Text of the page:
List the possible causes, and outline your principles of management of hyperthermia in the Intensive Care patient.
• Causes of hyperthermia (? specific temperature definition: eg. Core temperature > 38 °C) include: infection (bacteria, virus etc), inflammatory response (burns, pancreatitis etc), exertion (status epilepticus, posturing, delirium), auto-immune conditions (arthritis, inflammatory bowel disease), endocrine disorders (eg. hyperthyroidism/thyroid storm), malignancy (esp. haematological), drug associated (eg. overdose with cocaine, salicylates; withdrawal states eg. from alcohol, opiates; and occasionally drug fever) and unusual but requiring specific therapy: malignant hyperthermia (MH) and neuroleptic malignant syndrome (NMS).
• Principles of management include: treatment of underlying cause, and consideration of whether specific temperature lowering therapy is required. Obvious specific therapies
include antimicrobial therapy, chemotherapy (including corticosteroids). MH requires urgent removal of exposure to triggering agent, dantrolene (eg. 2.4 mg/kg IV and repeat according to protocol), aggressive cooling and fluid resuscitation. NMS requires removal of
responsible drugs (eg. phenothiazines, butyrophenones), symptomatic treatment and consideration of other specific therapies (eg. dantrolene, bromocriptine etc).
• Mild to moderate elevations of temperature are generally not thought to be harmful.
Lowering of temperature (independent of the cause) may be beneficial in some circumstances (eg. for comfort), and may be indicated to avoid potential harm in other circumstances (eg. stroke, head injury, hypoxic injury). Aggressive management of temperature should be undertaken if temperature exceeds 39°C in children under 3 (increased risk of seizures) or 41°C in others (concern regarding long term effects on brain, rhabdomyolysis etc). Methods used may be simple (paracetamol, aspirin) or more complex (sponging through to ice packs and cooling blankets).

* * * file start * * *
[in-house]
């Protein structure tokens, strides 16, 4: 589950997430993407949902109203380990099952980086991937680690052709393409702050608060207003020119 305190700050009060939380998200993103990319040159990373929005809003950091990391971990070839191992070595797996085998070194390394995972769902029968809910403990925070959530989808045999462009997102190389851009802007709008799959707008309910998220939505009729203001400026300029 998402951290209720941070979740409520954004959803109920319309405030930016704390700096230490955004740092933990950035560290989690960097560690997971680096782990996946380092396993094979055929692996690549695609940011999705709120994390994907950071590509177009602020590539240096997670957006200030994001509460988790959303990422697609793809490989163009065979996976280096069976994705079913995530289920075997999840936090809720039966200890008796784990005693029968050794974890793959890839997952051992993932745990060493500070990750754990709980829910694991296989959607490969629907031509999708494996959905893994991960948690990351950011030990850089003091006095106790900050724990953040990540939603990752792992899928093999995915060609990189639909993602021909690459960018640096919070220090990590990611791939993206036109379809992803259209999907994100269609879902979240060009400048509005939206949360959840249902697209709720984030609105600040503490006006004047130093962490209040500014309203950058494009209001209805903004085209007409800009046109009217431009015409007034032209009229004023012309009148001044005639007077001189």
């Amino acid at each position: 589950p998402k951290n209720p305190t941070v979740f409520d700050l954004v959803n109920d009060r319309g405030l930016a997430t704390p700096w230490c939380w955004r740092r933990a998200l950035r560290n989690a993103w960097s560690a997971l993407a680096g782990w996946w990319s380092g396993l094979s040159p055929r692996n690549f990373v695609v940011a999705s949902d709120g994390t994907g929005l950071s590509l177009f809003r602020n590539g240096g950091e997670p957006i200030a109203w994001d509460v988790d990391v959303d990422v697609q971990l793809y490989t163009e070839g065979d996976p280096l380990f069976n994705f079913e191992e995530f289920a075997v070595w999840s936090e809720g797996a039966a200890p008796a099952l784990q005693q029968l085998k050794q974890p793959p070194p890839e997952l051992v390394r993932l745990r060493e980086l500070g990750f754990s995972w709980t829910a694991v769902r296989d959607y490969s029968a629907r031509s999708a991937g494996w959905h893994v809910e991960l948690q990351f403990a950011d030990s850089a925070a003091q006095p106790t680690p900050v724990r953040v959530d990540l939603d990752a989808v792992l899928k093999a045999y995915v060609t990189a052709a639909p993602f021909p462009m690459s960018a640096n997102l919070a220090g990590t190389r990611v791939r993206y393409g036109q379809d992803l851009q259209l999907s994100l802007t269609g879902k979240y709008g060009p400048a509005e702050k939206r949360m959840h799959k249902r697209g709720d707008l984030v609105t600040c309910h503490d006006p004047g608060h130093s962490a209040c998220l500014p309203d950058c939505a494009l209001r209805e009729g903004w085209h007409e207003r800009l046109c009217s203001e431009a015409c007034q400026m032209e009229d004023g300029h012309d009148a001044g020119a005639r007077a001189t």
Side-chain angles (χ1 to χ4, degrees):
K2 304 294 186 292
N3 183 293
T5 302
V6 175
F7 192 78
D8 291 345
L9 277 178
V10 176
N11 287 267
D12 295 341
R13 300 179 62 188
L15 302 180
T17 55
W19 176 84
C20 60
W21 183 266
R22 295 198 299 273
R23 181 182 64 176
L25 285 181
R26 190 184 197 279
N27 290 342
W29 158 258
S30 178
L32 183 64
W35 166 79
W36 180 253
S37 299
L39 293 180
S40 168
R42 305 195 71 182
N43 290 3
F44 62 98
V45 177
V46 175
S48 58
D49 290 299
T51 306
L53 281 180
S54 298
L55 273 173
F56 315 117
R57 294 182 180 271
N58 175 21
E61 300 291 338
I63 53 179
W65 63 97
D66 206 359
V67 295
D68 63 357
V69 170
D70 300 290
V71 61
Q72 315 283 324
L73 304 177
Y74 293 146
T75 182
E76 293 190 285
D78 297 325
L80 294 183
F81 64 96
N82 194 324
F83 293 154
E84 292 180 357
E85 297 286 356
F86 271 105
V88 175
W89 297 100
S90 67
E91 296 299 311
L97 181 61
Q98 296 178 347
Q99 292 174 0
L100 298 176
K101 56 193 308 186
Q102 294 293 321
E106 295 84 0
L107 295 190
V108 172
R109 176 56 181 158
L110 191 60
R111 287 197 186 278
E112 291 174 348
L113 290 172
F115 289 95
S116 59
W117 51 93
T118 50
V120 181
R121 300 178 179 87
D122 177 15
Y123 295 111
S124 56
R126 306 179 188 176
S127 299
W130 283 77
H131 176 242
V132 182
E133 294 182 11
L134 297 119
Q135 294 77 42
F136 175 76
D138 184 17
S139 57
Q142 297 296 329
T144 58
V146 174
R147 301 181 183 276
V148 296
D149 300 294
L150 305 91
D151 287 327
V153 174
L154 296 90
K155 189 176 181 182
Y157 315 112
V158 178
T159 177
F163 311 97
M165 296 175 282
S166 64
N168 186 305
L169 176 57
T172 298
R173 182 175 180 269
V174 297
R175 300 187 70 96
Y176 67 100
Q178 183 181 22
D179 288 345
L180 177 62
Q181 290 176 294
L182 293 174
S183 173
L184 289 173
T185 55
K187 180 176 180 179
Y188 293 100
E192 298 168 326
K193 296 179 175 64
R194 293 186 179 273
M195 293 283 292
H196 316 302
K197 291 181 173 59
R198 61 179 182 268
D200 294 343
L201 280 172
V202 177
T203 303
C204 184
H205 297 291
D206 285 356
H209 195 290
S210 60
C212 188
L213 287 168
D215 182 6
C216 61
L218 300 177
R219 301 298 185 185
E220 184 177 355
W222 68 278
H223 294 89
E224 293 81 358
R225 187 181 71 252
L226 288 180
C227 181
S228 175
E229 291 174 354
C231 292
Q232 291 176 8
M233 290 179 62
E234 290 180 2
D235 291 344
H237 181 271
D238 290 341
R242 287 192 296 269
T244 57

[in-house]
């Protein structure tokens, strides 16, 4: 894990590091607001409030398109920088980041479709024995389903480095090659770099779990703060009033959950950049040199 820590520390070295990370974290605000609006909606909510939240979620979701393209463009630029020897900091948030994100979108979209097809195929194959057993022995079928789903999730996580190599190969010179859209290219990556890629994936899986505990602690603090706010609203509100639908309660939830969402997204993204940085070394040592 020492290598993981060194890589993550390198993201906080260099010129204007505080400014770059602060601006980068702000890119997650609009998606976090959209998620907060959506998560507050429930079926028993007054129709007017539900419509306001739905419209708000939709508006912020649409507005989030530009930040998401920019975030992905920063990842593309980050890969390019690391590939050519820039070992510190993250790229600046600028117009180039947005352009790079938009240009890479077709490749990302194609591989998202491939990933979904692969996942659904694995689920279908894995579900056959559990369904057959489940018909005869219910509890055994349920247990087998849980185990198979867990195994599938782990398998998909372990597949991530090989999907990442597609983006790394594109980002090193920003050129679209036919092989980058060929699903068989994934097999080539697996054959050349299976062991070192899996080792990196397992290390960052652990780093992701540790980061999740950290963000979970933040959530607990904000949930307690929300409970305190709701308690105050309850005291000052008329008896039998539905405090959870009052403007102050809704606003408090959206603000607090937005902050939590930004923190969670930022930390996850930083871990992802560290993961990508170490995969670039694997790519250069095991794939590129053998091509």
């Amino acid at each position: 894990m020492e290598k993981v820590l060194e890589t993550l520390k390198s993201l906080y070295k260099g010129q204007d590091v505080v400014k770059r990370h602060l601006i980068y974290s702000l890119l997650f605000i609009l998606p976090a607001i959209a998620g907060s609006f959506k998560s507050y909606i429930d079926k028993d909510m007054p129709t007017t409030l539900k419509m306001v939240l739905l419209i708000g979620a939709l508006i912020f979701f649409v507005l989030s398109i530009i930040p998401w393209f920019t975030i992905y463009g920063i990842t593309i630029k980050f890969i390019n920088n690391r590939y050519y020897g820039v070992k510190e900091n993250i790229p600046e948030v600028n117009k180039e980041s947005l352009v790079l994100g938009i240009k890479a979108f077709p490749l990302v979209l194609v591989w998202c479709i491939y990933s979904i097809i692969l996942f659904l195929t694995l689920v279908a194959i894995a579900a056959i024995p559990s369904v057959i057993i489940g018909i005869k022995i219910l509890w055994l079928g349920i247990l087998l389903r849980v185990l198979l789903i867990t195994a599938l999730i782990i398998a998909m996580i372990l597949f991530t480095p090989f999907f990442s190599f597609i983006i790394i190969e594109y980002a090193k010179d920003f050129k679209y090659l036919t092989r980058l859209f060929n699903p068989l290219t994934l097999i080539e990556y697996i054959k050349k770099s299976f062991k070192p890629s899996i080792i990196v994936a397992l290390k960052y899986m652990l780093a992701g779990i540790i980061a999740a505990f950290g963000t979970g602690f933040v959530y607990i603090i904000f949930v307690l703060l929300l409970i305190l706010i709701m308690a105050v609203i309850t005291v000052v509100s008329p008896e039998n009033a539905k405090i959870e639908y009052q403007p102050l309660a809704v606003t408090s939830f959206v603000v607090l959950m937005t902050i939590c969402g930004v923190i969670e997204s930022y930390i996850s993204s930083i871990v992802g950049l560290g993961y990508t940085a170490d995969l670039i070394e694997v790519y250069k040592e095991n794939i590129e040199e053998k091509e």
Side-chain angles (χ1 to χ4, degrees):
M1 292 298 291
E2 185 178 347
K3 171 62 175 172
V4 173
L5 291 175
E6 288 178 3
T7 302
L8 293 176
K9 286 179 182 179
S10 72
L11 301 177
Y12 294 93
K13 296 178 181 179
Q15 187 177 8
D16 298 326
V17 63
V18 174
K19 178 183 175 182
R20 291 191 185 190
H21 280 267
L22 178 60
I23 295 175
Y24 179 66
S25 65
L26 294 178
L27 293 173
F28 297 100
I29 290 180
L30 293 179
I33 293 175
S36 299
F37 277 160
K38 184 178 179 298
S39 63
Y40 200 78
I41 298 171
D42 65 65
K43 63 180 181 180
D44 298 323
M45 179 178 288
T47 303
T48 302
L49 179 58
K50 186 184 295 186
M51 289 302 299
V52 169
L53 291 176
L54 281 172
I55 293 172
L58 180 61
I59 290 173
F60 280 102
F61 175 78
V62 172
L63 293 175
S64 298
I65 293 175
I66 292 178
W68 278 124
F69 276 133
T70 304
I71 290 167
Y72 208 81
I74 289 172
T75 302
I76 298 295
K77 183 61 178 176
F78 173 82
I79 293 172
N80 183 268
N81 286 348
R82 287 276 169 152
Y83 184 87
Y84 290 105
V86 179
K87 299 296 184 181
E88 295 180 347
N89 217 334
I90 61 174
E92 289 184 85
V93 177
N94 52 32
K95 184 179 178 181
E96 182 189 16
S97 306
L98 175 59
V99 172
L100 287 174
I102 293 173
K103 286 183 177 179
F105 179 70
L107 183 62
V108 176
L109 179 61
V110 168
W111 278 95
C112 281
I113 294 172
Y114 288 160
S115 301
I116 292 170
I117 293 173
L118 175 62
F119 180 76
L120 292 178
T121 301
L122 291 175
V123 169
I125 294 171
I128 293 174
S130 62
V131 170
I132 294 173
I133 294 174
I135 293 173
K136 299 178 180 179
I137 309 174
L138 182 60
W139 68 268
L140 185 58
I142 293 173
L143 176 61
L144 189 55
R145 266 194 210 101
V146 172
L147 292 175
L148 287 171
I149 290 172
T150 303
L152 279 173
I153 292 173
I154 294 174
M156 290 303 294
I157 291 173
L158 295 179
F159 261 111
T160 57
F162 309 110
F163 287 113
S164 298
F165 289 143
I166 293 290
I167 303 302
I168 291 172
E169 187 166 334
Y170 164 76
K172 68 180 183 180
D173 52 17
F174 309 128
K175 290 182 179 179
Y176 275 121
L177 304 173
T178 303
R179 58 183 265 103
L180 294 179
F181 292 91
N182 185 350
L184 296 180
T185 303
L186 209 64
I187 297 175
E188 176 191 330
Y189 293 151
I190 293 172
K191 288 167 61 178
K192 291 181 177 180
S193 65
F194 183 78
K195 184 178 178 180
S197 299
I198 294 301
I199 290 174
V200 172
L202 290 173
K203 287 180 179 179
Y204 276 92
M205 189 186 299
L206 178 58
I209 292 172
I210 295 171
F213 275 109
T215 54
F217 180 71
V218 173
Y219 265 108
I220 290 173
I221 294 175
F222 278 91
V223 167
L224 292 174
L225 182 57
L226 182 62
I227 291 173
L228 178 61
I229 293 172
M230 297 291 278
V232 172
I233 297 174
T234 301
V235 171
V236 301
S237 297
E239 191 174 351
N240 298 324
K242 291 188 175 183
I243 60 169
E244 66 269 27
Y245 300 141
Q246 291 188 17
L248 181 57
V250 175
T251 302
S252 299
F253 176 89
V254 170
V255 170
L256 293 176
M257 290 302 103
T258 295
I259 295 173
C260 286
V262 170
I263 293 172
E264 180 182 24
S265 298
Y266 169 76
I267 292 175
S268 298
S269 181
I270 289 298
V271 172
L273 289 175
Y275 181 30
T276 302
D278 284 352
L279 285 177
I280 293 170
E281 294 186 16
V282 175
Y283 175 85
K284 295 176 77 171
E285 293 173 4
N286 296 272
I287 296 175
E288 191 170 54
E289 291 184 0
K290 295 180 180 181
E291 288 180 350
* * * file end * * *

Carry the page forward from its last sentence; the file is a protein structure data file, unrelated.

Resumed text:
As one of the readers (Sarah, you know who you are) had correctly pointed out, in their answer, the college examiner failed to distinguish between hyperthermia and fever, which are distinct entities. To borrow a turn of phrase from Still (1979), fever is a regulated increase in body temperature associated with an increased hypothalamic temperature setpoint and thermopreferendum (the behavioural preference for an environmental temperature), whereas in hyperthermia the body temperature is elevated above this preferred temperature. As such causes of elevated body temperature shoud be classified in terms of whether the temperature is elevated because of the body's thermoregulatory mechanisms, or in spite of them.
However, for the purpose of answering questions on this topic, the trainees were not expected to discriminate between hypothermia and fever. In fact judging by the college answer, they really meant "fever" all along, as their answer has no mention of (for example) being in a fire as a cause of hyperthermia. Paul Marik's excellent article on fever remains a definitive resource for the person trying to generate a broad range of differentials for fever specifically.
Firstly, the definition and measurement of fever. Marik suggests that the measurement of mixed venous blood with a PA catheter is the gold standard (in the face of all those heretics who think hypothalamic temperature is more important). The upper threshold for temperature is defined by the Society of Critical Care Medicine as 38.3°C
In summary, any process which releases IL-1, IL-6 and TNF-α will cause a fever. The process could be infectious or non-infectious.
Marik's article has a series of excellent (and extremely long) tables regarding the various differential causes of fever.
Highlights from these tables include the following:
The answer for the management of a fever could be approached in a systematic manner.
Marik, Paul E. "Fever in the ICU." Chest Journal 117.3 (2000): 855-869.
O'Grady, Naomi P., et al. "Practice guidelines for evaluating new fever in critically ill adult patients." Clinical infectious diseases 26.5 (1998): 1042-1059.